Q-Music: solos and sides

  • by Gregg Shapiro
  • Tuesday June 13, 2023
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Q-Music: solos and sides

Simon & Garfunkel, the legendary duo of Paul Simon and Art Garfunkel, only released five studio albums over the course of their brief musical partnership, but what unforgettable music they made together. Both men embarked on solo careers in the early 1970s, with Simon outnumbering Garfunkel's studio recordings, and surpassing him in accolades with four Grammys (two for "Still Crazy After All These Years" and two for "Graceland") to his credit.

"Seven Psalms" (Owl Records/Sony) is Paul Simon's first album of new material in seven years (on 2018's "In The Blue Light," Simon revisited 10 songs of his he considered underappreciated).

At almost 82, Simon's voice is showing some signs of wear, but his songwriting chops are still sharp. The seven songs, presented as one long suite without separation, feature Bob Dylanesque philosophizing with a touch of David Byrne language play. As serious as Leonard Cohen's "You Want It Darker" album, "Seven Psalms" is a meditation on forgiveness, love, doubt, refugees, the environment, heaven, and a higher power. "The Sacred Harp," a duet with his wife Edie Brickell, is a particular standout.


During her time as lead vocalist with 10,000 Maniacs, Natalie Merchant recorded four major-label studio albums with the band (including 1987's brilliant "In My Tribe") before departing to become a solo artist. Her eight solo albums, including 2015's "Paradise Is There," on which she, like Paul Simon, revisited earlier material, all reinforce her singular talent.

"Keep Your Courage" (Nonesuch), Merchant's first solo album since her eponymous 2014 release, was created during the pandemic, and is, in her own words, "an album about the human heart...that has come to represent not only our source of life but also of feeling."

This theme of resilience gives the album an atmosphere of strength, reinforced by the image of Joan of Arc on the cover. Once again drawing on talented guest vocalists, the album opens with a pair of duets — "Big Girls" and "Come On, Aphrodite" — featuring Abena Koomson-Davis. "Sister Tilly," an amalgam of strong women from Merchant's life is a magnificent mini-epic. Other stunning selections include "Guardian Angel," the love song to Walt Whitman "Song of Himself," a cover of "Hunting the Wren," and the brassy "Tower of Babel."

Natalie Merchant performs September 26, 8pm at The Masonic, 1111 California St. $59-$95. www.livenation.com

Whether performing with his trio, Ben Folds Five, collaborating with Nick Hornby (2010'S "Lonely Avenue"), Music and Nashville Symphony (2015's "So There"), or going solo, Ben Folds' name has always been front and center. "What Matters Most" (New West), bears Folds' moniker but it's really a collaboration with Boston duo Tall Heights, who play on the album, and co-wrote the song "Moments."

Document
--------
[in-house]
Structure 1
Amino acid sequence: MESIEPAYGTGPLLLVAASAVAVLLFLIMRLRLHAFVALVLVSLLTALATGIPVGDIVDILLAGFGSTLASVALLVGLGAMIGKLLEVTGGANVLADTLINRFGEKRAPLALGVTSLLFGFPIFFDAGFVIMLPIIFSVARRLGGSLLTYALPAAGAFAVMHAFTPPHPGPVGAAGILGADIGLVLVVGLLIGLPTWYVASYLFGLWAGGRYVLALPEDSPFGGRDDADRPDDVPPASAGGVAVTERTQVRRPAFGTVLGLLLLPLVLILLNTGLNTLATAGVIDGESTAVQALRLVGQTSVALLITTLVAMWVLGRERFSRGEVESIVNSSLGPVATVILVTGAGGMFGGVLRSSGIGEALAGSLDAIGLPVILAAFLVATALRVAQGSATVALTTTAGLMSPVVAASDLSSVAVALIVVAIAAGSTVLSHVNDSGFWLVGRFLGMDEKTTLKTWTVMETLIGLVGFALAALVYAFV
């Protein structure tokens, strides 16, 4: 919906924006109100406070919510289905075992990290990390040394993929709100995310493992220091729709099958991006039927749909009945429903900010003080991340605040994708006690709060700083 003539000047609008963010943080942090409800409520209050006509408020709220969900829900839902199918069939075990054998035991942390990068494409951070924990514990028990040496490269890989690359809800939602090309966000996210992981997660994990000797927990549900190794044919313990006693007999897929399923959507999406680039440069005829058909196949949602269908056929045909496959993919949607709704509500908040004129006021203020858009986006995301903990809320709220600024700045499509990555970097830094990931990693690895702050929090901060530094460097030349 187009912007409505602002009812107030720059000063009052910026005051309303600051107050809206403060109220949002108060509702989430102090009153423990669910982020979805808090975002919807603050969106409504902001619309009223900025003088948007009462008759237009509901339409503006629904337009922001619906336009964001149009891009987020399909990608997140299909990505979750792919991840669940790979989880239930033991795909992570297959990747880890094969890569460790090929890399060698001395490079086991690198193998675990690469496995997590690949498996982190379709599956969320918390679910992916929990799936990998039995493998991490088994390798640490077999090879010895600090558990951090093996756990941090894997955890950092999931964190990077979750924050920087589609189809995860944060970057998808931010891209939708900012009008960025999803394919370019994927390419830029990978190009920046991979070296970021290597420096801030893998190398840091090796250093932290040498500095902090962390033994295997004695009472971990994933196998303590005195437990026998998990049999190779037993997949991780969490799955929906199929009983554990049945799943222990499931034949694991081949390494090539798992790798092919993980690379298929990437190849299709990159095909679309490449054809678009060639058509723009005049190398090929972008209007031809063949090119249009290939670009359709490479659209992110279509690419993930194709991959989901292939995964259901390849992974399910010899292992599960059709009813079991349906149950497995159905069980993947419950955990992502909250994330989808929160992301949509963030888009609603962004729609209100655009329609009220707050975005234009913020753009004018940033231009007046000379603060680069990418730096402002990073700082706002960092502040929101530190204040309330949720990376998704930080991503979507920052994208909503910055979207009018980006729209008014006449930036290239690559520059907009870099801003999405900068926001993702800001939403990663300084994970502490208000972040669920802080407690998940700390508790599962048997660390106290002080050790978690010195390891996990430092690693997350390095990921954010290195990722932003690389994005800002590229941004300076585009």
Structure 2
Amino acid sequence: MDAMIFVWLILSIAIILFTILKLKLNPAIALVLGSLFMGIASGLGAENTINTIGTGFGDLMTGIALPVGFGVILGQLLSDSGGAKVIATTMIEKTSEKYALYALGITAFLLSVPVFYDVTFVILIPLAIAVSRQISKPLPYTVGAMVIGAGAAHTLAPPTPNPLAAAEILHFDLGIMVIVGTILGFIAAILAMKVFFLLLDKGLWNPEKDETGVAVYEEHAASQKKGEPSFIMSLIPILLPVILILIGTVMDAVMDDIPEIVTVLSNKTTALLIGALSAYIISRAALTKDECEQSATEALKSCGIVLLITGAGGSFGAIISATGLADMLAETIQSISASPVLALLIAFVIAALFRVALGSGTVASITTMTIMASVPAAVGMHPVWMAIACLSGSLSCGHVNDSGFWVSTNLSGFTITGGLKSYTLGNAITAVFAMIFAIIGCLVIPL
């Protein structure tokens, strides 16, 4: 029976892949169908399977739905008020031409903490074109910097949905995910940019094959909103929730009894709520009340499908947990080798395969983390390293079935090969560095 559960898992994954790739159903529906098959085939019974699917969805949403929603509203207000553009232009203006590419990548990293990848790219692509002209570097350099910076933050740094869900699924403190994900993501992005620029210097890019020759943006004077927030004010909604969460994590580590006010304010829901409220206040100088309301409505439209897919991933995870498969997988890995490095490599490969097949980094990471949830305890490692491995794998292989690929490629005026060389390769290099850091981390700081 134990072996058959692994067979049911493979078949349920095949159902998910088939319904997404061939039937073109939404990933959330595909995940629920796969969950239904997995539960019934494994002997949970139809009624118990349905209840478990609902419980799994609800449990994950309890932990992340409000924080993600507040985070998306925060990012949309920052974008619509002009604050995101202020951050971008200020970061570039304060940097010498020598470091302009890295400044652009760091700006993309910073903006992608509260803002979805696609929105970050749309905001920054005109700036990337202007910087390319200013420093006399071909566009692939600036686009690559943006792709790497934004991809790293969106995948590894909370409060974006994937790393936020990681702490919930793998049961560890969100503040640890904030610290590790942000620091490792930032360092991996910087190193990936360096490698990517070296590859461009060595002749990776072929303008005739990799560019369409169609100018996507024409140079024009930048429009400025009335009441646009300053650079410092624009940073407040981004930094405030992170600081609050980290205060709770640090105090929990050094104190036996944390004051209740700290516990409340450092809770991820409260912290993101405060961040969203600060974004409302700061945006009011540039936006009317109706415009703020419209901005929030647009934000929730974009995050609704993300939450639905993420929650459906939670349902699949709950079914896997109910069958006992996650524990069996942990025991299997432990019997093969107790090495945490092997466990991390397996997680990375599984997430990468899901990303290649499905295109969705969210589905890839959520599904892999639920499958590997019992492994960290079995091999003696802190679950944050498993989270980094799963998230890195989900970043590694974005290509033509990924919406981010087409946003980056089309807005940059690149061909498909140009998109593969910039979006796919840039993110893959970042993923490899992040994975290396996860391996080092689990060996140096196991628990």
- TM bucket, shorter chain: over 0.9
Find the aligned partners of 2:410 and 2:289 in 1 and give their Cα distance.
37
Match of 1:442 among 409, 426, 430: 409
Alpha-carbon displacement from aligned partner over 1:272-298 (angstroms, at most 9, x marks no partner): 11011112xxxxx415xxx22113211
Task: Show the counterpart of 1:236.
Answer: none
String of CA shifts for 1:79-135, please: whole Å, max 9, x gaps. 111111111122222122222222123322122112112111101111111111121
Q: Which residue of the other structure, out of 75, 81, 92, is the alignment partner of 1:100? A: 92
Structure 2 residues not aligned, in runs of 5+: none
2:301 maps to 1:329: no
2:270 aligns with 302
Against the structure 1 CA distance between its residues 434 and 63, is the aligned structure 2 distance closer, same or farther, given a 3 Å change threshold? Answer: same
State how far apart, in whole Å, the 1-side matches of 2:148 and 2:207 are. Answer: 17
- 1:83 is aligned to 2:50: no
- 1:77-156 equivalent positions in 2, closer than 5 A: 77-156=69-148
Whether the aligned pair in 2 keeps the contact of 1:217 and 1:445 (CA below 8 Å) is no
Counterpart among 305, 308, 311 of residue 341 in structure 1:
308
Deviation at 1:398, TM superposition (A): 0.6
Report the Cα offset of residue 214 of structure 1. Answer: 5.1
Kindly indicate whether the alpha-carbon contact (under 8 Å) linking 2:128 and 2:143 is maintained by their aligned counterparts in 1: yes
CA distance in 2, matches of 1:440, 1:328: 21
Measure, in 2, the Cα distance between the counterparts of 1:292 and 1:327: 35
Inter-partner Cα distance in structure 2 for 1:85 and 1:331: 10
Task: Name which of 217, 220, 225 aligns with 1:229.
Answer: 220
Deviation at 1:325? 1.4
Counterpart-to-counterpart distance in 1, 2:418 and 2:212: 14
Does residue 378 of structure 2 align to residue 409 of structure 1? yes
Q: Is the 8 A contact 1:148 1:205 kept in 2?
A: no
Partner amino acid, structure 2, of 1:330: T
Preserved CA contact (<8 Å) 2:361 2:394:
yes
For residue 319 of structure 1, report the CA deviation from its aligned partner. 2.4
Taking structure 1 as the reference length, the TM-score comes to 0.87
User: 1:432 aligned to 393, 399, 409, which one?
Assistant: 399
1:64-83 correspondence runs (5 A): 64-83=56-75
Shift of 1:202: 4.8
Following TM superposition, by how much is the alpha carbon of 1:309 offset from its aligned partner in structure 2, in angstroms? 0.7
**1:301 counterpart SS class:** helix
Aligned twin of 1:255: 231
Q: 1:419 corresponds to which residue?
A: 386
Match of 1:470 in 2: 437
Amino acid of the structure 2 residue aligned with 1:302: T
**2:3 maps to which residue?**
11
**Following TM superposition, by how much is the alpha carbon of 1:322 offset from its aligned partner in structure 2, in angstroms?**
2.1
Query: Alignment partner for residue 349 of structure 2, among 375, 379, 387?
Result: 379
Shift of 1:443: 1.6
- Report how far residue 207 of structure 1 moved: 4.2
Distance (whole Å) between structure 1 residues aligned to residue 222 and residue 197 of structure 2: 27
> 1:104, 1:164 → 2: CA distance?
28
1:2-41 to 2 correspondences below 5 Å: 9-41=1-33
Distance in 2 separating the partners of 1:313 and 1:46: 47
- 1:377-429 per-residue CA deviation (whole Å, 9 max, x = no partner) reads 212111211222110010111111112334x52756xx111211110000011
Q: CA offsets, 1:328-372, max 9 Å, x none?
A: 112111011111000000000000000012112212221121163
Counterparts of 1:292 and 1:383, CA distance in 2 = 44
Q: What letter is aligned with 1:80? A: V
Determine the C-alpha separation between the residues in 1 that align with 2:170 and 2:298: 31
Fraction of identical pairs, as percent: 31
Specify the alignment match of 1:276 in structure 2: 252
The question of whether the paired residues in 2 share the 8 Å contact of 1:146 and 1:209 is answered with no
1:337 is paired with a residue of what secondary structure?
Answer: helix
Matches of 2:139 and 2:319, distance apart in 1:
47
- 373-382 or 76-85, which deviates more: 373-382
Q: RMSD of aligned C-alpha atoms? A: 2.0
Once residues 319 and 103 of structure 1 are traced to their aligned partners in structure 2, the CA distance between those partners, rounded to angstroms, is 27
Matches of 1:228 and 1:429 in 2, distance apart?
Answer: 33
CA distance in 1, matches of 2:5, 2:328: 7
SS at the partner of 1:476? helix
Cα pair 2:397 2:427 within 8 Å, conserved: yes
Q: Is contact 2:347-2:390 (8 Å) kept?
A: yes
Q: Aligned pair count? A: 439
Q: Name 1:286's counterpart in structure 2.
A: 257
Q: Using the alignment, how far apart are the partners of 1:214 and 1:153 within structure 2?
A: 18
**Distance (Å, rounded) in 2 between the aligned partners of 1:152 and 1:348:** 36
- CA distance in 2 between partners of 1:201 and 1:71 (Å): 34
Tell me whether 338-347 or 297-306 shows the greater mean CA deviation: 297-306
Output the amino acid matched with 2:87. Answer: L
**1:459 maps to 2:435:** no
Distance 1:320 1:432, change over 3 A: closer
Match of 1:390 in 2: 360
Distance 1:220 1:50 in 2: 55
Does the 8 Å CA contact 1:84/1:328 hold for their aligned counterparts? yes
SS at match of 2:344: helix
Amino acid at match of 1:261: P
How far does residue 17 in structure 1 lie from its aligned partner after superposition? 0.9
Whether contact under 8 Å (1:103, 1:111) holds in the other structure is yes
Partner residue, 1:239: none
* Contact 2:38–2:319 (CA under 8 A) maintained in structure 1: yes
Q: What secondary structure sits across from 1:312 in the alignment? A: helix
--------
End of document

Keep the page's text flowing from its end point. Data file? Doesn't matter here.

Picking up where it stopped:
Folds, good at playing well with others continues to perfect his brand of piano-driven pop, alternately snarky ("Exhausting Lover," and the political "Kristine From the 7th Grade" and "But Wait, There's More") and touching ("Fragile," "Back to Anonymous," the title cut), enhanced by strings and synths.

Ben Folds performs Aug. 17, 8pm at the Fox Theater, 1807 Telegraph Ave., Oakland. $55-$90. www.thefoxoakland.com

For her solo albums, including "Manzanita" (Hardly Art), Shana Cleveland, of the all-female quartet La Luz, focuses attention on the indie folk aspect of her musical personality. The interplay between Cleveland's lovely vocals and guitar playing and Will Sprott's synthesizer work give songs such as "Faces In the Firelight," "Mystic Mine," "Evil Eye," "Babe," and the light twang of "Gold Tower" and "Walking Through the Morning Dew," a timeless retro quality. This album sounds like it could be from 2023 or 1973, and that's meant as a compliment.

Shana Cleveland performs July 18 at Brick & Mortar Music Hall, 1710 Mission St. $15-$20. www.brickandmortarmusic.com

As indie super groups go, The No Ones are super-duper. The line-up consists of Peter Buck (R.E.M., Minus 5, Filthy Friends, and others), Scott McCaughey (Young Fresh Fellows, Minus 5, Filthy Friends, and others), and I Was A King's Arne Kjelsrud Mathisen and Frode Strømstad.

In addition to the core group, "helpful friends" such as Debbi Peterson (The Bangles), Ben Gibbard (Death Cab For Cutie, The Postal Service), and out musician Victor Krummenacher (Camper Van Beethoven), all help to raise the star quality of the project. "My Best Evil Friend" (Yep Roc), The No Ones' sophomore effort is a 21st-century power pop update containing strong numbers including "Phil Ochs Is Dead," "KLIV," the George Harrison tribute "George (Song for)," "Throwdown in Whispertown," "Cameo Parkway," and "The After Party."


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